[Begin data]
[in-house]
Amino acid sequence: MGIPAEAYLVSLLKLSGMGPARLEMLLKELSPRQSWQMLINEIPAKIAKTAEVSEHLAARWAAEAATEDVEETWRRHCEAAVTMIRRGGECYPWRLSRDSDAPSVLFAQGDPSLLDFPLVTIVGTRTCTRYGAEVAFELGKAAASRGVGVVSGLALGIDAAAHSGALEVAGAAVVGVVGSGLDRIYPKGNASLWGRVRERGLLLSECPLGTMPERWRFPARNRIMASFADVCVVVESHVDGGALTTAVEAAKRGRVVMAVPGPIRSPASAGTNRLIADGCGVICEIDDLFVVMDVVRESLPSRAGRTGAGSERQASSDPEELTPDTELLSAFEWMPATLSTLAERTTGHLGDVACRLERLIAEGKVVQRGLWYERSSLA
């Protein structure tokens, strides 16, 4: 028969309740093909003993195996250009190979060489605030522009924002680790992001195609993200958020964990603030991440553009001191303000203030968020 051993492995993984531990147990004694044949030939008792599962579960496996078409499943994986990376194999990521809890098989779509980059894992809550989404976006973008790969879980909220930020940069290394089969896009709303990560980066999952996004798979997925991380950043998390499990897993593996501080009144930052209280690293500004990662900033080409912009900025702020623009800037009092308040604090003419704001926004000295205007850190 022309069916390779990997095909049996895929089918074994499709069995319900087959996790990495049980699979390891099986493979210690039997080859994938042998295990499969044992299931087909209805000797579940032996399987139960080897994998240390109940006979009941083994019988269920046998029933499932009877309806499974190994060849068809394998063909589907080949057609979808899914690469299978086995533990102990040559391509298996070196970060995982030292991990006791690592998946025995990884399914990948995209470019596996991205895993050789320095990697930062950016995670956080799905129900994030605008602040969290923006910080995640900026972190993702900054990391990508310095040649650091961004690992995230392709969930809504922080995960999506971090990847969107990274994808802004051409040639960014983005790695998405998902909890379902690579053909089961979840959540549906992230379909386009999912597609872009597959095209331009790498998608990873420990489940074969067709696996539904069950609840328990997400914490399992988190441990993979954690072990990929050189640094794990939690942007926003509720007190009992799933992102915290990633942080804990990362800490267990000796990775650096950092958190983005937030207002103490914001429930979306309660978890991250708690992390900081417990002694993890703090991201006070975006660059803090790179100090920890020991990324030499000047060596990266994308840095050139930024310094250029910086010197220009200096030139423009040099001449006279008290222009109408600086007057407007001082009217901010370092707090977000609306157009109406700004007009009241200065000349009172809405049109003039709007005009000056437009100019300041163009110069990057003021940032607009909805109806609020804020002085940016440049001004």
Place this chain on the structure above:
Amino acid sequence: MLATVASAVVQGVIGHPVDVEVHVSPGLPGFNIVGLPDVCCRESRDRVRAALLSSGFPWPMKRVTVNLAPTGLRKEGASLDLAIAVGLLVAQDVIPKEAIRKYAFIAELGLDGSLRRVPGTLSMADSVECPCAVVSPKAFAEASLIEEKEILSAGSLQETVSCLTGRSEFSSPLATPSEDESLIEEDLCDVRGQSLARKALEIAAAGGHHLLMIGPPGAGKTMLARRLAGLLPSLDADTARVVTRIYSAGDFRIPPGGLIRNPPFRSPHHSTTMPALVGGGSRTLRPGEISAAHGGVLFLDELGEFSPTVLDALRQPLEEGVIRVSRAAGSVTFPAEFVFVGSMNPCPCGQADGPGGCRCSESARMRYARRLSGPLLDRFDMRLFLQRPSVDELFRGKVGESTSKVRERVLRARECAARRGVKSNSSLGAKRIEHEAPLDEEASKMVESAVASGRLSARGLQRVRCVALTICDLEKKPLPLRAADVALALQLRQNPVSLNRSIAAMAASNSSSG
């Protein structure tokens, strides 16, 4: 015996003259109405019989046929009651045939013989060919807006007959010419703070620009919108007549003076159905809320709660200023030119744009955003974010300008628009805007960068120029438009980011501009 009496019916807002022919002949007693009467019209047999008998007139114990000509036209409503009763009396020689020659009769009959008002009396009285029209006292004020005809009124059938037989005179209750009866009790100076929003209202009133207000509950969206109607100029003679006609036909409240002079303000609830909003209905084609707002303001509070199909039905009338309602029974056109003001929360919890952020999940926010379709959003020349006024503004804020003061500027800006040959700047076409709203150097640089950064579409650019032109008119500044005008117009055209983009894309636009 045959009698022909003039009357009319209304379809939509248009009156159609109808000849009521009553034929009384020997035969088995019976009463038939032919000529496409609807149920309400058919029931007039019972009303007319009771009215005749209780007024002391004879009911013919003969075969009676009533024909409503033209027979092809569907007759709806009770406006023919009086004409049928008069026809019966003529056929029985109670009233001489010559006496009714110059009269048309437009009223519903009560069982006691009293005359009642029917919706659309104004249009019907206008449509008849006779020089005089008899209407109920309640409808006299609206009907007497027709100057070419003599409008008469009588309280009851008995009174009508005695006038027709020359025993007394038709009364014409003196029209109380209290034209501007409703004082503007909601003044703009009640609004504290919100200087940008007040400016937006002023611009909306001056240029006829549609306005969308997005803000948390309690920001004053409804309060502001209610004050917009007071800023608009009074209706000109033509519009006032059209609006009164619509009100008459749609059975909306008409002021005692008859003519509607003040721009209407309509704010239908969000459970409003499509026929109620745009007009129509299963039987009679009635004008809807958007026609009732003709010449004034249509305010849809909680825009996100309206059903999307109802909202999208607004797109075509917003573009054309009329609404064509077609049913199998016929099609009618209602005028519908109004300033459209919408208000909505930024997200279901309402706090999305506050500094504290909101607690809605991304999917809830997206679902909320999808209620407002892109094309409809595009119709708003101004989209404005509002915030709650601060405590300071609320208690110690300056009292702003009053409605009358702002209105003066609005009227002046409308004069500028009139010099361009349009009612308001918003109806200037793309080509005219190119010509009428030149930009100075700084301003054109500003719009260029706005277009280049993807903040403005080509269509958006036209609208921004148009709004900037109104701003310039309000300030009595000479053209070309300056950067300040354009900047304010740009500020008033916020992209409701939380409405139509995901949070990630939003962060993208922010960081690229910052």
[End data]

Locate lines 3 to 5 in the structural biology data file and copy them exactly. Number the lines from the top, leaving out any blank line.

């Protein structure tokens, strides 16, 4: 028969309740093909003993195996250009190979060489605030522009924002680790992001195609993200958020964990603030991440553009001191303000203030968020 051993492995993984531990147990004694044949030939008792599962579960496996078409499943994986990376194999990521809890098989779509980059894992809550989404976006973008790969879980909220930020940069290394089969896009709303990560980066999952996004798979997925991380950043998390499990897993593996501080009144930052209280690293500004990662900033080409912009900025702020623009800037009092308040604090003419704001926004000295205007850190 022309069916390779990997095909049996895929089918074994499709069995319900087959996790990495049980699979390891099986493979210690039997080859994938042998295990499969044992299931087909209805000797579940032996399987139960080897994998240390109940006979009941083994019988269920046998029933499932009877309806499974190994060849068809394998063909589907080949057609979808899914690469299978086995533990102990040559391509298996070196970060995982030292991990006791690592998946025995990884399914990948995209470019596996991205895993050789320095990697930062950016995670956080799905129900994030605008602040969290923006910080995640900026972190993702900054990391990508310095040649650091961004690992995230392709969930809504922080995960999506971090990847969107990274994808802004051409040639960014983005790695998405998902909890379902690579053909089961979840959540549906992230379909386009999912597609872009597959095209331009790498998608990873420990489940074969067709696996539904069950609840328990997400914490399992988190441990993979954690072990990929050189640094794990939690942007926003509720007190009992799933992102915290990633942080804990990362800490267990000796990775650096950092958190983005937030207002103490914001429930979306309660978890991250708690992390900081417990002694993890703090991201006070975006660059803090790179100090920890020991990324030499000047060596990266994308840095050139930024310094250029910086010197220009200096030139423009040099001449006279008290222009109408600086007057407007001082009217901010370092707090977000609306157009109406700004007009009241200065000349009172809405049109003039709007005009000056437009100019300041163009110069990057003021940032607009909805109806609020804020002085940016440049001004």
Place this chain on the structure above:
Amino acid sequence: MLATVASAVVQGVIGHPVDVEVHVSPGLPGFNIVGLPDVCCRESRDRVRAALLSSGFPWPMKRVTVNLAPTGLRKEGASLDLAIAVGLLVAQDVIPKEAIRKYAFIAELGLDGSLRRVPGTLSMADSVECPCAVVSPKAFAEASLIEEKEILSAGSLQETVSCLTGRSEFSSPLATPSEDESLIEEDLCDVRGQSLARKALEIAAAGGHHLLMIGPPGAGKTMLARRLAGLLPSLDADTARVVTRIYSAGDFRIPPGGLIRNPPFRSPHHSTTMPALVGGGSRTLRPGEISAAHGGVLFLDELGEFSPTVLDALRQPLEEGVIRVSRAAGSVTFPAEFVFVGSMNPCPCGQADGPGGCRCSESARMRYARRLSGPLLDRFDMRLFLQRPSVDELFRGKVGESTSKVRERVLRARECAARRGVKSNSSLGAKRIEHEAPLDEEASKMVESAVASGRLSARGLQRVRCVALTICDLEKKPLPLRAADVALALQLRQNPVSLNRSIAAMAASNSSSG